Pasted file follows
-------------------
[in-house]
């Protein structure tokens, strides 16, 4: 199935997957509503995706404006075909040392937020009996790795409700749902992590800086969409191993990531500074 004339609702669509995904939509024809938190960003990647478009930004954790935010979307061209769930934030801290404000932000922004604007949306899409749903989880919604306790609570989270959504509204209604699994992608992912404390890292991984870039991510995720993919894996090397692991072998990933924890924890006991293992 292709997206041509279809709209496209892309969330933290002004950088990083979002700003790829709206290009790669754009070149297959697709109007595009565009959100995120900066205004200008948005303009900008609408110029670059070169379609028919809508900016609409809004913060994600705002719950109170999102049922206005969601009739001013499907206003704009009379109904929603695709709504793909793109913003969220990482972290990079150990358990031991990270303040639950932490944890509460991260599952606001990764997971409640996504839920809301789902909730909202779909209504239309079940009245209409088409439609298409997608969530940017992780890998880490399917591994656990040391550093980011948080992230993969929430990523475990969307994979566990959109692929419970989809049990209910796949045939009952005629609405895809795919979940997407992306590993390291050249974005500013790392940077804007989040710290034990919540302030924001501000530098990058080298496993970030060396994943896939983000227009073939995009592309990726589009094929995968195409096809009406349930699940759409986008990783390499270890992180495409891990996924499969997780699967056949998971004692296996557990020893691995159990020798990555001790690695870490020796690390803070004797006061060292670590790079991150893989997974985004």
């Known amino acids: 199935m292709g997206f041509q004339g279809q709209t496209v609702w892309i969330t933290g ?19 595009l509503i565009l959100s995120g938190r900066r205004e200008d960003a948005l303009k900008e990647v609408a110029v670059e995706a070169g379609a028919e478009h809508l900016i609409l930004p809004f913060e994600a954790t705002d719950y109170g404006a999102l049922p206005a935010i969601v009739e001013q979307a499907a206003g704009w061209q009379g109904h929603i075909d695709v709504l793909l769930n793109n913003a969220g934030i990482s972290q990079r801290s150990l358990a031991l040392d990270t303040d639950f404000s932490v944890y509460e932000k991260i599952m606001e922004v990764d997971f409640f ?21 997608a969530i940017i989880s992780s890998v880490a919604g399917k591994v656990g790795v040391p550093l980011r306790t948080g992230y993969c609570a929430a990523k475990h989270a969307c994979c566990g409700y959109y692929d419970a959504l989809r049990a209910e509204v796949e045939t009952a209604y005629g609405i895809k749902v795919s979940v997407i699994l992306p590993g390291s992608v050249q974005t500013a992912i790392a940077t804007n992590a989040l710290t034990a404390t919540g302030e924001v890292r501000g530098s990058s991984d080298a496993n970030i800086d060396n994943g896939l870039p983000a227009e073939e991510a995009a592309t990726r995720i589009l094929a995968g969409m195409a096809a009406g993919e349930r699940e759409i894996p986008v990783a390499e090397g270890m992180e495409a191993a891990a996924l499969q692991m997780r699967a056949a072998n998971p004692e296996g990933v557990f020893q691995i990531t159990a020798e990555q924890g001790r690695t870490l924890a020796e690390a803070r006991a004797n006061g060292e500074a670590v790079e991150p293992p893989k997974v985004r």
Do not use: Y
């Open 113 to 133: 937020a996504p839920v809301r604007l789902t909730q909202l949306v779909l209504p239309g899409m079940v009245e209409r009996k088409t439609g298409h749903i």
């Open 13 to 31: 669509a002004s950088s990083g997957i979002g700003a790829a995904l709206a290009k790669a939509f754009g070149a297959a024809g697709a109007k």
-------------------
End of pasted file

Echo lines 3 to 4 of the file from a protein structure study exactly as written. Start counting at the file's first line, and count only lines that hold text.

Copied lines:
């Known amino acids: 199935m292709g997206f041509q004339g279809q709209t496209v609702w892309i969330t933290g ?19 595009l509503i565009l959100s995120g938190r900066r205004e200008d960003a948005l303009k900008e990647v609408a110029v670059e995706a070169g379609a028919e478009h809508l900016i609409l930004p809004f913060e994600a954790t705002d719950y109170g404006a999102l049922p206005a935010i969601v009739e001013q979307a499907a206003g704009w061209q009379g109904h929603i075909d695709v709504l793909l769930n793109n913003a969220g934030i990482s972290q990079r801290s150990l358990a031991l040392d990270t303040d639950f404000s932490v944890y509460e932000k991260i599952m606001e922004v990764d997971f409640f ?21 997608a969530i940017i989880s992780s890998v880490a919604g399917k591994v656990g790795v040391p550093l980011r306790t948080g992230y993969c609570a929430a990523k475990h989270a969307c994979c566990g409700y959109y692929d419970a959504l989809r049990a209910e509204v796949e045939t009952a209604y005629g609405i895809k749902v795919s979940v997407i699994l992306p590993g390291s992608v050249q974005t500013a992912i790392a940077t804007n992590a989040l710290t034990a404390t919540g302030e924001v890292r501000g530098s990058s991984d080298a496993n970030i800086d060396n994943g896939l870039p983000a227009e073939e991510a995009a592309t990726r995720i589009l094929a995968g969409m195409a096809a009406g993919e349930r699940e759409i894996p986008v990783a390499e090397g270890m992180e495409a191993a891990a996924l499969q692991m997780r699967a056949a072998n998971p004692e296996g990933v557990f020893q691995i990531t159990a020798e990555q924890g001790r690695t870490l924890a020796e690390a803070r006991a004797n006061g060292e500074a670590v790079e991150p293992p893989k997974v985004r």
Do not use: Y